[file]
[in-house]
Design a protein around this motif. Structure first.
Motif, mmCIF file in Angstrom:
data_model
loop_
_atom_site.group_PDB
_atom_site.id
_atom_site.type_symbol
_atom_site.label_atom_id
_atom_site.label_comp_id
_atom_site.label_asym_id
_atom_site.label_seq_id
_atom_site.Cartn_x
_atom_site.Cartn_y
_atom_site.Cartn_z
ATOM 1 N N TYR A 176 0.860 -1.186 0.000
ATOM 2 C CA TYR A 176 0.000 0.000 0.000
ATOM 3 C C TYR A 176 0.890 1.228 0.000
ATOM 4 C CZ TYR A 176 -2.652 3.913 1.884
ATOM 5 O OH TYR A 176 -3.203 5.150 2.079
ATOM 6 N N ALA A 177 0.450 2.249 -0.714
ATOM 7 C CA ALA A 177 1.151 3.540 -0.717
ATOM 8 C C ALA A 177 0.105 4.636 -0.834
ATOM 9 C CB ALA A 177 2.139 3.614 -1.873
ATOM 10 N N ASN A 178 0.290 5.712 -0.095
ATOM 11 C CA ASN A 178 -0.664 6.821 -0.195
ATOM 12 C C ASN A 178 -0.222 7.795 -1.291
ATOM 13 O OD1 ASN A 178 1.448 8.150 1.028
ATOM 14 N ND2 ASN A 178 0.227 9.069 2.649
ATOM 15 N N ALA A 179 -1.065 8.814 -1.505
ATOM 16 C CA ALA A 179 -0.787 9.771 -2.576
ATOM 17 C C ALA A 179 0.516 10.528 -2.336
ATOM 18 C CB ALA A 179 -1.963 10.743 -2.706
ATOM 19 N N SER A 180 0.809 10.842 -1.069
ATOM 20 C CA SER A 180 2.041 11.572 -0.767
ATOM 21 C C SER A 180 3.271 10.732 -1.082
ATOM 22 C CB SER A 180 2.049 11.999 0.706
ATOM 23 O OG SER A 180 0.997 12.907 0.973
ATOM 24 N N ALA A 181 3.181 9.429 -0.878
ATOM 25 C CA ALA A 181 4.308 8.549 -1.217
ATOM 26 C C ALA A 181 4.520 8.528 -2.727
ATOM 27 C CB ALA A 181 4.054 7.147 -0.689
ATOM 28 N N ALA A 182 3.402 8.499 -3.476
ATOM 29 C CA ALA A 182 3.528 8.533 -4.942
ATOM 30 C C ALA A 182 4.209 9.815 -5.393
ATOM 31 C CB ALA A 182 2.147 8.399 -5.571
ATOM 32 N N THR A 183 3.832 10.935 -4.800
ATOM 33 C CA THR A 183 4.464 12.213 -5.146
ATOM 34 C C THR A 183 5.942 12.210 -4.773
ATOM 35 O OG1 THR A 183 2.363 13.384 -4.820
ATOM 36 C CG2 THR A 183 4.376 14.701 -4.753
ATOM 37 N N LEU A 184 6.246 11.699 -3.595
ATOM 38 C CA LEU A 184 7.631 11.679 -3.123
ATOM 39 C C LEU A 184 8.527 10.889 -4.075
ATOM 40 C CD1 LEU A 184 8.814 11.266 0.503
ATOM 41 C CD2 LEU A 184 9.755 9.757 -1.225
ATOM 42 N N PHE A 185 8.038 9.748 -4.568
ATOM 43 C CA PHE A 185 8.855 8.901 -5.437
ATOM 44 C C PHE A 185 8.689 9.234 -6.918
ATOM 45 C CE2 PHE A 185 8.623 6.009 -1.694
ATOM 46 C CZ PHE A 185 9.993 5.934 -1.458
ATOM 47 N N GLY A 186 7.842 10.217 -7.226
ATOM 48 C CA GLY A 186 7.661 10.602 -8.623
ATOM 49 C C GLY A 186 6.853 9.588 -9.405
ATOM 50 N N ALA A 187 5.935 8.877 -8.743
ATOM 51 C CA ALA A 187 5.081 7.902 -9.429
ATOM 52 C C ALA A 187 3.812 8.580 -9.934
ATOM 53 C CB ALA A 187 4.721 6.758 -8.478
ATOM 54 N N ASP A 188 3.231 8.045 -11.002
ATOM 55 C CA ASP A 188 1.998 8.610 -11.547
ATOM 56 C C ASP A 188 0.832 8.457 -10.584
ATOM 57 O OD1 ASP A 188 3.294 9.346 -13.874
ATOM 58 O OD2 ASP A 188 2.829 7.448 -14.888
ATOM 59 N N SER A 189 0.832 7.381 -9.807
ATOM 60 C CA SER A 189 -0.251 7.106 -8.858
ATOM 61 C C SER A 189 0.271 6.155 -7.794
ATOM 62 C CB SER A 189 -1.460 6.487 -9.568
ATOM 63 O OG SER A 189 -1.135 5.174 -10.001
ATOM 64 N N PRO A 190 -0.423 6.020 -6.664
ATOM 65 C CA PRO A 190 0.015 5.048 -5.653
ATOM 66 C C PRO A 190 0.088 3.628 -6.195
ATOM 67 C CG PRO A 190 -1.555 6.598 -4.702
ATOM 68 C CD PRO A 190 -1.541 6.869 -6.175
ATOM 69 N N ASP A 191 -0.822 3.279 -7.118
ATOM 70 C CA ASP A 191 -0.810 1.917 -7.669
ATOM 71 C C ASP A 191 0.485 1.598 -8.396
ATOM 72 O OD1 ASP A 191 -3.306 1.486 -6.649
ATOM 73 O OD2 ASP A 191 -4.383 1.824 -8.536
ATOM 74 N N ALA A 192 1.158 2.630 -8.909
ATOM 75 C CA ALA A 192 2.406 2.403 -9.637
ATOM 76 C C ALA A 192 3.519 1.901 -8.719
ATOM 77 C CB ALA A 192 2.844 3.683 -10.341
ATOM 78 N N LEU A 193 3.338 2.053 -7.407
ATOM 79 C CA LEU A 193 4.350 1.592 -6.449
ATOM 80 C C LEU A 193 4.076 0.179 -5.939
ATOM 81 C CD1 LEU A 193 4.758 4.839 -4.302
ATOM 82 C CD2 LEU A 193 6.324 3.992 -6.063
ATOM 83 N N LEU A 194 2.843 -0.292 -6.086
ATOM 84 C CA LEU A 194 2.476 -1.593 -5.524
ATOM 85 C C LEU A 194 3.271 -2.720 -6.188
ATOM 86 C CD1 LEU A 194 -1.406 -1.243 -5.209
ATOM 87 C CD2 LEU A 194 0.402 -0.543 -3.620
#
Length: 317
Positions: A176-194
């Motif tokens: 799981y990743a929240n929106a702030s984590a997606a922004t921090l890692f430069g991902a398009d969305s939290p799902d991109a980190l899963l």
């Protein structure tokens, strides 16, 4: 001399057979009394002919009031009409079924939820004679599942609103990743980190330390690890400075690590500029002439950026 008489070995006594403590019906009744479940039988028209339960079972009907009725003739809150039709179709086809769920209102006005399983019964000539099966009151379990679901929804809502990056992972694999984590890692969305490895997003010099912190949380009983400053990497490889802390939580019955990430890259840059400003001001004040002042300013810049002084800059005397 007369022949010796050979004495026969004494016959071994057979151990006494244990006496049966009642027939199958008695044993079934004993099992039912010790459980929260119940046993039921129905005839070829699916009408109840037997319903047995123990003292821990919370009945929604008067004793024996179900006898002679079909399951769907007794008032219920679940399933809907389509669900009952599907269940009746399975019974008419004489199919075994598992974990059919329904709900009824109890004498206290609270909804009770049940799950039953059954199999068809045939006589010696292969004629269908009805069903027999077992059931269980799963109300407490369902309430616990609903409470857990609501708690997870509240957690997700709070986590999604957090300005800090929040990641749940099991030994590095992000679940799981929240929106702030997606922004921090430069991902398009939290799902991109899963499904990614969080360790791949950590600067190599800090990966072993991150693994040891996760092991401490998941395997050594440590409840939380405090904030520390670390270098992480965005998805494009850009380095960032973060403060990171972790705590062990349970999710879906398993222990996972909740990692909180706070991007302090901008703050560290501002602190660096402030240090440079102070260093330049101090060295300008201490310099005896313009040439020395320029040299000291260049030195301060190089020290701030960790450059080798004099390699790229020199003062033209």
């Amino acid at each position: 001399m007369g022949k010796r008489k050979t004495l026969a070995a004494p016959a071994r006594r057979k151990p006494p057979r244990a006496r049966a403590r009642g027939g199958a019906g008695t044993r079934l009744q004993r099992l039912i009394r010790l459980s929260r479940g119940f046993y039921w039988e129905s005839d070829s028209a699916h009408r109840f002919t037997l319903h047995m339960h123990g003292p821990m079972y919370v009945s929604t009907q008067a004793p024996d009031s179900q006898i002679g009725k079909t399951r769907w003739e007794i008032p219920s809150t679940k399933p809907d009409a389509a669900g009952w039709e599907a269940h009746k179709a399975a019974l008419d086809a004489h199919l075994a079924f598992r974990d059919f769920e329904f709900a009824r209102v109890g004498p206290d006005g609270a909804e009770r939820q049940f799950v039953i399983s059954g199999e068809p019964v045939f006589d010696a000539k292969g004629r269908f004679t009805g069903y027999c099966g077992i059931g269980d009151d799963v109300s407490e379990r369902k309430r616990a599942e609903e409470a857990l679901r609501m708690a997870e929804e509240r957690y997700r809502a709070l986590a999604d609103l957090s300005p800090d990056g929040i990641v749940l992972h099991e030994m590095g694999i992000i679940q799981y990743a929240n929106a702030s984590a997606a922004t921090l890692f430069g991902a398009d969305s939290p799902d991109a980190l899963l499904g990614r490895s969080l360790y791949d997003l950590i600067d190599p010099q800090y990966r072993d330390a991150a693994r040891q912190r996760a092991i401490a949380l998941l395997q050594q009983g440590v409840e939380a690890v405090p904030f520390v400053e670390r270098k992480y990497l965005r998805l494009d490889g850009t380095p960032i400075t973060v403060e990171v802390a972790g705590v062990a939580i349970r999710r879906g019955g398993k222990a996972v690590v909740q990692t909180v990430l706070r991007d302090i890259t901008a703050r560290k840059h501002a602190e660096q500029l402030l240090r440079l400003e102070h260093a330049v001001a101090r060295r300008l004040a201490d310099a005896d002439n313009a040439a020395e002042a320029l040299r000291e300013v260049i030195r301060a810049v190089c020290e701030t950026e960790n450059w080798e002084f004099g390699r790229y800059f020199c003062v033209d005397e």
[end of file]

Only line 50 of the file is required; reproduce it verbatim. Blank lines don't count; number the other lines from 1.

ATOM 35 O OG1 THR A 183 2.363 13.384 -4.820